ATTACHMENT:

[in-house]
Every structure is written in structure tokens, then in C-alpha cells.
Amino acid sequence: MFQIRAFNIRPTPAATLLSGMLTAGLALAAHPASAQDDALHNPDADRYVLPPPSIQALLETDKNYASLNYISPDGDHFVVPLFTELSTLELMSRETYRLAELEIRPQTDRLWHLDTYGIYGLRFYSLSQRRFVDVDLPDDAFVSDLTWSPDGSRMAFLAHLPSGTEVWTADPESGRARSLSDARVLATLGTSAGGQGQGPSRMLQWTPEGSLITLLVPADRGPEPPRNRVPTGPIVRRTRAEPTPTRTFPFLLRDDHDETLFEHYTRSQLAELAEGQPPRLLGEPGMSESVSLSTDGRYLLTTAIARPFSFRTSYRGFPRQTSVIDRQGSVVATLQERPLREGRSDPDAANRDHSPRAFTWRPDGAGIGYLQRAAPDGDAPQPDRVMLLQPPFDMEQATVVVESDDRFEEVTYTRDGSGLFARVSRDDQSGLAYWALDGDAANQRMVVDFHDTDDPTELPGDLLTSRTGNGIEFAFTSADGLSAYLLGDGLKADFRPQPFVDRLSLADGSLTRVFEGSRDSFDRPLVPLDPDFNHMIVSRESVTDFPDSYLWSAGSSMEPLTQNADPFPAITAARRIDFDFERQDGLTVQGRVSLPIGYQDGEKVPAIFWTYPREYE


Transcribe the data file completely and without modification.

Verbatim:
[in-house]
Every structure is written in structure tokens, then in C-alpha cells.
Amino acid sequence: MFQIRAFNIRPTPAATLLSGMLTAGLALAAHPASAQDDALHNPDADRYVLPPPSIQALLETDKNYASLNYISPDGDHFVVPLFTELSTLELMSRETYRLAELEIRPQTDRLWHLDTYGIYGLRFYSLSQRRFVDVDLPDDAFVSDLTWSPDGSRMAFLAHLPSGTEVWTADPESGRARSLSDARVLATLGTSAGGQGQGPSRMLQWTPEGSLITLLVPADRGPEPPRNRVPTGPIVRRTRAEPTPTRTFPFLLRDDHDETLFEHYTRSQLAELAEGQPPRLLGEPGMSESVSLSTDGRYLLTTAIARPFSFRTSYRGFPRQTSVIDRQGSVVATLQERPLREGRSDPDAANRDHSPRAFTWRPDGAGIGYLQRAAPDGDAPQPDRVMLLQPPFDMEQATVVVESDDRFEEVTYTRDGSGLFARVSRDDQSGLAYWALDGDAANQRMVVDFHDTDDPTELPGDLLTSRTGNGIEFAFTSADGLSAYLLGDGLKADFRPQPFVDRLSLADGSLTRVFEGSRDSFDRPLVPLDPDFNHMIVSRESVTDFPDSYLWSAGSSMEPLTQNADPFPAITAARRIDFDFERQDGLTVQGRVSLPIGYQDGEKVPAIFWTYPREYE